cd gplrelease/linux-2.6.26 export ARCH=arm export CROSS_COMPILE=~/CodeSourcery/Sourcery_G++/bin/arm-none-linux-gnueabi- make imx35_luigi_defconfig
Open the .config file in a text editor and change the following:
While we could extract the initramfs from the Kindle and add the files here, this is not needed, as we need only some kernel modules. Exit the text editor and paste the following:
cat> include/linux/kindle_version.h << EOF # ifndef __KINDLE_VERSION_H__ # define __KINDLE_VERSION_H__ # define VERSION_TAG "000000" # endif EOF
Type “make menuconfig” and select the following:
Under “Device drivers” ->> “SCSI device support” : check “SCSI device support” as module, “SCSI disk support” as module, “SCSI generic support” as module.
Under “Device drivers” ->> “USB support” : check “USB Mass Storage support” as module.
On the Kindle ssh terminal. Mount the rootfs as writeable, since we will copy stuff here, and also create some directories:
mntroot rw mkdir -p /lib/modules/2.6.26-rt-lab126/kernel/drivers/scsi mkdir -p /lib/modules/2.6.26-rt-lab126/kernel/drivers/usb/storage
Back to the local therminal where the kernel was compiled. The following modules need to be copied to the Kindle:
scp drivers/scsi/sd_mod.ko email@example.com:/lib/modules/2.6.26-rt-lab126/kernel/drivers/scsi/ scp drivers/scsi/scsi_mod.ko firstname.lastname@example.org:/lib/modules/2.6.26-rt-lab126/kernel/drivers/scsi/ scp drivers/scsi/scsi_wait_scan.ko email@example.com:/lib/modules/2.6.26-rt-lab126/kernel/drivers/scsi/ scp drivers/scsi/sg.ko firstname.lastname@example.org:/lib/modules/2.6.26-rt-lab126/kernel/drivers/scsi/ scp drivers/usb/storage/usb-storage.ko email@example.com:/lib/modules/2.6.26-rt-lab126/kernel/drivers/usb/storage/
Back to the Kindle ssh terminal:
[root@kindle usb]# depmod -a [root@kindle kernel]# modprobe usbcore [root@kindle kernel]# modprobe usb-storage [root@kindle kernel]# modprobe scsi-mod [root@kindle kernel]# modprobe sd_mod [root@kindle kernel]# dmesg | tail usbcore: registered new interface driver usbfs usbcore: registered new interface driver hub usbcore: registered new device driver usb fsl-ehci fsl-ehci.0: Freescale On-Chip EHCI Host Controller fsl-ehci fsl-ehci.0: new USB bus registered, assigned bus number 1 fsl-ehci fsl-ehci.0: irq 35, io mem 0x53ff4400 fsl-ehci fsl-ehci.0: USB 2.0 started, EHCI 1.00, driver 10 Dec 2004 usb usb1: configuration #1 chosen from 1 choice hub 1-0:1.0: USB hub found hub 1-0:1.0: 1 port detected SCSI subsystem initialized Initializing USB Mass Storage driver... usbcore: registered new interface driver usb-storage USB Mass Storage support registered. Driver 'sd' needs updating - please use bus_type methods [root@kindle kernel]# lsmod Module Size Used by sd_mod 20976 0 usb_storage 37792 0 scsi_mod 107552 2 sd_mod,usb_storage usbcore 136388 1 usb_storage g_ether 21096 0 ar6000 161076 0 volume 8900 0 fiveway 23552 0 mxc_keyb 15904 0 uinput 7776 0 fuse 48348 2 arcotg_udc 38628 1 g_ether mwan 7324 0 eink_fb_shim 116732 0 eink_fb_hal_broads 397532 0 eink_fb_hal 59764 6 eink_fb_shim,eink_fb_hal_broads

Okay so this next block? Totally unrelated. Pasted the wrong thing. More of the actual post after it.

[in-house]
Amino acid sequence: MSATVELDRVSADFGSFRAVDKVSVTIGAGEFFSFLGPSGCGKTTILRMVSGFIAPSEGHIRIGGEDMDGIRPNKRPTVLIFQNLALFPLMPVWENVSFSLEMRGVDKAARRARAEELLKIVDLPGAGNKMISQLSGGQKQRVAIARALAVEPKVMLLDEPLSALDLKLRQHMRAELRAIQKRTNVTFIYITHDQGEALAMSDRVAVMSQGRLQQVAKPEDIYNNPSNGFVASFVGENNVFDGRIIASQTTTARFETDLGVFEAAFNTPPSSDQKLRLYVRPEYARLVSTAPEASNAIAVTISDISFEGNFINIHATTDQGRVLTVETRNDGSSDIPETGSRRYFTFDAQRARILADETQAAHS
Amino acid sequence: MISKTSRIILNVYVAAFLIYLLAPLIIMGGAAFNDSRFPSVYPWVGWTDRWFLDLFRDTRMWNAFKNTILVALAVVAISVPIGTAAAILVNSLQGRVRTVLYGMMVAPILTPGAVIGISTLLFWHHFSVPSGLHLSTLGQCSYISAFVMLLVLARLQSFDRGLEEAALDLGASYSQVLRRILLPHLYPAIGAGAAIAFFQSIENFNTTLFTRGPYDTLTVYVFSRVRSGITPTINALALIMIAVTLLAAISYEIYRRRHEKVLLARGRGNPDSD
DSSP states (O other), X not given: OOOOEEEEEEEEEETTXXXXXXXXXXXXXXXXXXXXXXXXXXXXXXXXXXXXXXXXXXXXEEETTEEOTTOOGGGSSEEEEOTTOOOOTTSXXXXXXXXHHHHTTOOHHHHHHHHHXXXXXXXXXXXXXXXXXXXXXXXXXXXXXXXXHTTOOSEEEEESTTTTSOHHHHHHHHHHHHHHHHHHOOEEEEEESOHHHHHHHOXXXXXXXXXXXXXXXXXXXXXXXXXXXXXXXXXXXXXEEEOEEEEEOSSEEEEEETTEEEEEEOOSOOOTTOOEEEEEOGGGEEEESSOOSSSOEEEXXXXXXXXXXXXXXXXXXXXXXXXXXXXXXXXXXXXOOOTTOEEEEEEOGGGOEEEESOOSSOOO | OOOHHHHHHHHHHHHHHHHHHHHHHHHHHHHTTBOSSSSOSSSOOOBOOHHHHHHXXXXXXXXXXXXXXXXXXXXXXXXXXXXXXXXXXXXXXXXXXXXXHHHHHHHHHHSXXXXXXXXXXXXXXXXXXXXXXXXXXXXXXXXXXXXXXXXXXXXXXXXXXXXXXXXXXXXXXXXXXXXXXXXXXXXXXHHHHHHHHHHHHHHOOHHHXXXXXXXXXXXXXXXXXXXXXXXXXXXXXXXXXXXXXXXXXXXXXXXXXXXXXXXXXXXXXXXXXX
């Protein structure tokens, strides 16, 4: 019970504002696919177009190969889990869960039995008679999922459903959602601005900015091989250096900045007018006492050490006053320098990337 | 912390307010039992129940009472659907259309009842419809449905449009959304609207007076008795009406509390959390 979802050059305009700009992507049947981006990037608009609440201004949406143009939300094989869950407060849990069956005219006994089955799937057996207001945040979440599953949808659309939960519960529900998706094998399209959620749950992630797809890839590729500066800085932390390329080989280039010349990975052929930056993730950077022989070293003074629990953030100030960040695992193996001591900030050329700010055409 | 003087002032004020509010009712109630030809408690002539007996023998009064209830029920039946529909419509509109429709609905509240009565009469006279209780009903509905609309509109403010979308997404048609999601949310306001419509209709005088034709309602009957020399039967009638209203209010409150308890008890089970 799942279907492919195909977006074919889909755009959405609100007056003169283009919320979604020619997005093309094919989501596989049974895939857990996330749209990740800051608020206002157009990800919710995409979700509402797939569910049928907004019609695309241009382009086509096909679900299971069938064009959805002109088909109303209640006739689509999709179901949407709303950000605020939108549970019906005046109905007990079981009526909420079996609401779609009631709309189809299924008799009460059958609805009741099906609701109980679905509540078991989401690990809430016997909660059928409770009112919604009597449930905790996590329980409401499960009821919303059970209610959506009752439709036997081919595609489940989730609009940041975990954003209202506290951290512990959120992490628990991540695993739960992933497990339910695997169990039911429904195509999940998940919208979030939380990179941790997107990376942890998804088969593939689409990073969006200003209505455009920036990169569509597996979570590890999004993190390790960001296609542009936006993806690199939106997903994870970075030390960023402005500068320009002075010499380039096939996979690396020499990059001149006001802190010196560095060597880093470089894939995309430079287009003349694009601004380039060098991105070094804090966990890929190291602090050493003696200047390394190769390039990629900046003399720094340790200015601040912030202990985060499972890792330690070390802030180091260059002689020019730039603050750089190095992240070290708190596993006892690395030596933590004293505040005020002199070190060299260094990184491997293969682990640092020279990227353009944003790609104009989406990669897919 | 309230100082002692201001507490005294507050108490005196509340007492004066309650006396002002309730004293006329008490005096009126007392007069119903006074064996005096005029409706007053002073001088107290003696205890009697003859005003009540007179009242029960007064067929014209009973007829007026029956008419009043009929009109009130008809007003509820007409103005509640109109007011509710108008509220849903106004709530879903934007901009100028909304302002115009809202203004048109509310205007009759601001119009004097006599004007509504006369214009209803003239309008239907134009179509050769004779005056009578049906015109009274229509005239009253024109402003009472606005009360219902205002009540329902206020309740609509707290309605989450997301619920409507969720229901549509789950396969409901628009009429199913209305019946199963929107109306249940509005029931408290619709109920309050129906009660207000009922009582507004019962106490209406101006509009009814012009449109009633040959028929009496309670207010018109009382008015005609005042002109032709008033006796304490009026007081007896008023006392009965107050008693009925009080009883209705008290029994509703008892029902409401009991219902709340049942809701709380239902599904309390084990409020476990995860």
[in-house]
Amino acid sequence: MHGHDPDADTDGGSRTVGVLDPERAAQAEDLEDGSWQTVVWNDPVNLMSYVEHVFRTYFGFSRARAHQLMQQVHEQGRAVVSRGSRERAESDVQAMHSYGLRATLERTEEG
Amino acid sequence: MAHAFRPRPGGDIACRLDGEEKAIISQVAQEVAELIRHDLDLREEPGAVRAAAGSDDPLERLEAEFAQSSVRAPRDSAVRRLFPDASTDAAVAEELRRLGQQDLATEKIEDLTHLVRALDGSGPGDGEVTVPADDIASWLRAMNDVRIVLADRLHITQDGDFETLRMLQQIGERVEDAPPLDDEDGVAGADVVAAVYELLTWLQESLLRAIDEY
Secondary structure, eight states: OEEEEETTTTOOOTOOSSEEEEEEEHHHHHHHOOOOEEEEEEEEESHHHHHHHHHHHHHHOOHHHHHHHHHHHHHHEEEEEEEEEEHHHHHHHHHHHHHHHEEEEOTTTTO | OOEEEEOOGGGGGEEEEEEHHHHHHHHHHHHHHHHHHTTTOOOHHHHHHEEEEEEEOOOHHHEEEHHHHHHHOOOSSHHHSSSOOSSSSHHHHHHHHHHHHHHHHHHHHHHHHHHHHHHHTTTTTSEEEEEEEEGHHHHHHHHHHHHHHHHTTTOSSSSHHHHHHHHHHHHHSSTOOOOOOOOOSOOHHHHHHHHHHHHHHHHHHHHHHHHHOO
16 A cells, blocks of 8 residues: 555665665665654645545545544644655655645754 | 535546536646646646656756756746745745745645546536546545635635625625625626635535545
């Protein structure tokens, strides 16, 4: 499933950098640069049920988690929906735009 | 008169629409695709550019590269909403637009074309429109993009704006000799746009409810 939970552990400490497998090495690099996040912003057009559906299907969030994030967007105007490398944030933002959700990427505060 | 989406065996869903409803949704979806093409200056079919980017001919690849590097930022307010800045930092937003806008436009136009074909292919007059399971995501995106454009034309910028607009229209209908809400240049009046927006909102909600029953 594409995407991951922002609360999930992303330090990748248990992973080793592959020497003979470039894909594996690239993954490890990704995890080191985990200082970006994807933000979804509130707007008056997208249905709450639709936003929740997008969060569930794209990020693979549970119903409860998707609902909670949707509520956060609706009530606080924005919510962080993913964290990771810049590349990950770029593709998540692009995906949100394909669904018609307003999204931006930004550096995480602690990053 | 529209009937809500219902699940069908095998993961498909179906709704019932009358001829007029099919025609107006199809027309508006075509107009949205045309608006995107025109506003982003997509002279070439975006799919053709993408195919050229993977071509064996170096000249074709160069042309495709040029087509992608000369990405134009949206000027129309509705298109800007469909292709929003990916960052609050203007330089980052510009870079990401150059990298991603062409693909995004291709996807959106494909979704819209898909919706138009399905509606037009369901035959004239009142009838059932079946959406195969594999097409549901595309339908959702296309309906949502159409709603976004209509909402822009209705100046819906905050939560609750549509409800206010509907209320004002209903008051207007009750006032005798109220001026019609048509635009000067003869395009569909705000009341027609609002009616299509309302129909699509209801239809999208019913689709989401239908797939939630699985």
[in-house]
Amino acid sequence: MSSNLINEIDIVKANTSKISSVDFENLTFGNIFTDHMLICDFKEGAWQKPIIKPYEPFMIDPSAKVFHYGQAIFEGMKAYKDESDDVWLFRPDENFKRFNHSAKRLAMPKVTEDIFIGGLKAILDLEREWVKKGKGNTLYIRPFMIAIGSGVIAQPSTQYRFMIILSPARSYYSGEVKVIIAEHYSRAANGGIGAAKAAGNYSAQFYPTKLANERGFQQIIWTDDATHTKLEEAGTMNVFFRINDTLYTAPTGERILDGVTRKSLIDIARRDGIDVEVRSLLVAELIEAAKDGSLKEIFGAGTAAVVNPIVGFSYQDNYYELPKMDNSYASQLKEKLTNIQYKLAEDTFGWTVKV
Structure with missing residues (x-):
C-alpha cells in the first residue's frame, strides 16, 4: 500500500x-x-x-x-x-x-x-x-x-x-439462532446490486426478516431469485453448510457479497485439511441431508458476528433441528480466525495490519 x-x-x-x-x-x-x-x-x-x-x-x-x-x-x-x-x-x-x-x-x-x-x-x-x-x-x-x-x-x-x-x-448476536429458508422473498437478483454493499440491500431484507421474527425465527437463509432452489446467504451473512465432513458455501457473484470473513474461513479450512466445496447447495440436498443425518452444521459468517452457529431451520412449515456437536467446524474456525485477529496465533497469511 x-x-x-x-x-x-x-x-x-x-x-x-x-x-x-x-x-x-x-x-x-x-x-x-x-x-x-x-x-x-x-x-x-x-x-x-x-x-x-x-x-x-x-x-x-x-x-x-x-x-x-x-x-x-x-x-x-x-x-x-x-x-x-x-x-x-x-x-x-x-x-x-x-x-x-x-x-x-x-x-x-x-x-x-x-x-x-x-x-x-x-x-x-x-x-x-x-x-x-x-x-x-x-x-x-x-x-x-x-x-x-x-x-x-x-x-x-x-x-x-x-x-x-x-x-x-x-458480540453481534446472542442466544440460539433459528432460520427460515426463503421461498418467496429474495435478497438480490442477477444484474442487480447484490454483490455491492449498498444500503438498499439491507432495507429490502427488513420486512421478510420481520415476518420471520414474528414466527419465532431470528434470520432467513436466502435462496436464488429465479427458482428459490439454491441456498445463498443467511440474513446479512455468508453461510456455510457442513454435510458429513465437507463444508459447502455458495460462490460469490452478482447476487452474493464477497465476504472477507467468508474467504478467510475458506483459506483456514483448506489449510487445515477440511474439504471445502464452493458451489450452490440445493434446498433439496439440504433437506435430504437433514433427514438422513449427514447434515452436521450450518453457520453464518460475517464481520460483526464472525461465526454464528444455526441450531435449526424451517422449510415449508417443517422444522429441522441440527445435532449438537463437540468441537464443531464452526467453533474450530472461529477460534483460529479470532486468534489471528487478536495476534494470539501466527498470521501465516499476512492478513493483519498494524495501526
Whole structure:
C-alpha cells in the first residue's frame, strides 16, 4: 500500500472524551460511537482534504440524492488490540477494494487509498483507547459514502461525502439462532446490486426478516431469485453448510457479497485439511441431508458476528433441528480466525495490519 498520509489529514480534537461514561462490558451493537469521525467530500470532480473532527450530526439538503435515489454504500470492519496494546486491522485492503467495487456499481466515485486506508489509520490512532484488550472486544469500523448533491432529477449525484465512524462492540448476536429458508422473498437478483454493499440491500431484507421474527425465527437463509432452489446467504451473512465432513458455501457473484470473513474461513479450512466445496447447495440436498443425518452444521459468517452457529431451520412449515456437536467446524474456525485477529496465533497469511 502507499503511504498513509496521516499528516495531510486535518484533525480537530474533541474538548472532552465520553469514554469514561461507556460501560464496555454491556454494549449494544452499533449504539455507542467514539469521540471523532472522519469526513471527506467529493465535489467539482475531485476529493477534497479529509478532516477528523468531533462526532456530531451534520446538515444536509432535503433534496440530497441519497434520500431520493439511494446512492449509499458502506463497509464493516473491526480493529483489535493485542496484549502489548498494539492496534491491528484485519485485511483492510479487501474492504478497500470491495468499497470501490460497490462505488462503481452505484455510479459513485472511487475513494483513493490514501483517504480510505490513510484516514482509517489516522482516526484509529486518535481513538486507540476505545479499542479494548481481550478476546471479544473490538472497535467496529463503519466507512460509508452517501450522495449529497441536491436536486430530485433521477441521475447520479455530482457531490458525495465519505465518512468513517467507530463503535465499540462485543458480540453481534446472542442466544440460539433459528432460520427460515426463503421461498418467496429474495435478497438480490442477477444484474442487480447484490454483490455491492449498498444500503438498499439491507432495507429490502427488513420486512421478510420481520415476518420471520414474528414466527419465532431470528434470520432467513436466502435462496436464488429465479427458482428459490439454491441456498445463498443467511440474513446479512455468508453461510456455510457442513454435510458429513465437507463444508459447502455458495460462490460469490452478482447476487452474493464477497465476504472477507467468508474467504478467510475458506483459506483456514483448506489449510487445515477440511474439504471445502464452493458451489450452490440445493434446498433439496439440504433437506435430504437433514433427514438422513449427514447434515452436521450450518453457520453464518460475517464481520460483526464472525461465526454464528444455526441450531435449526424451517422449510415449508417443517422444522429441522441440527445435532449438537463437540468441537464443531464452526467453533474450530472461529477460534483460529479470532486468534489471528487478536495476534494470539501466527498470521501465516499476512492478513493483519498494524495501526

Good! No errors when loading, modules are in place. One USB hub with one port is detected. Time to insert the hardware… again. Right after swapping one USB2240. Apparently the Kindle does not provide 3.3V via the mini PCI-E connector, but directly the battery voltage! About 4.2V when the battery is fully charged. This was enough to fry one controller, luckily the eMMC chip is still alive. As a temporary fix until I think of a way to get 3.3V out of ~3V to 4.2V (at full charge), I had cut the power traces and added two diodes, when the battery is fully charged, the eMMC chip and the controller will be powered by ~3.6V, which is well within safe specs.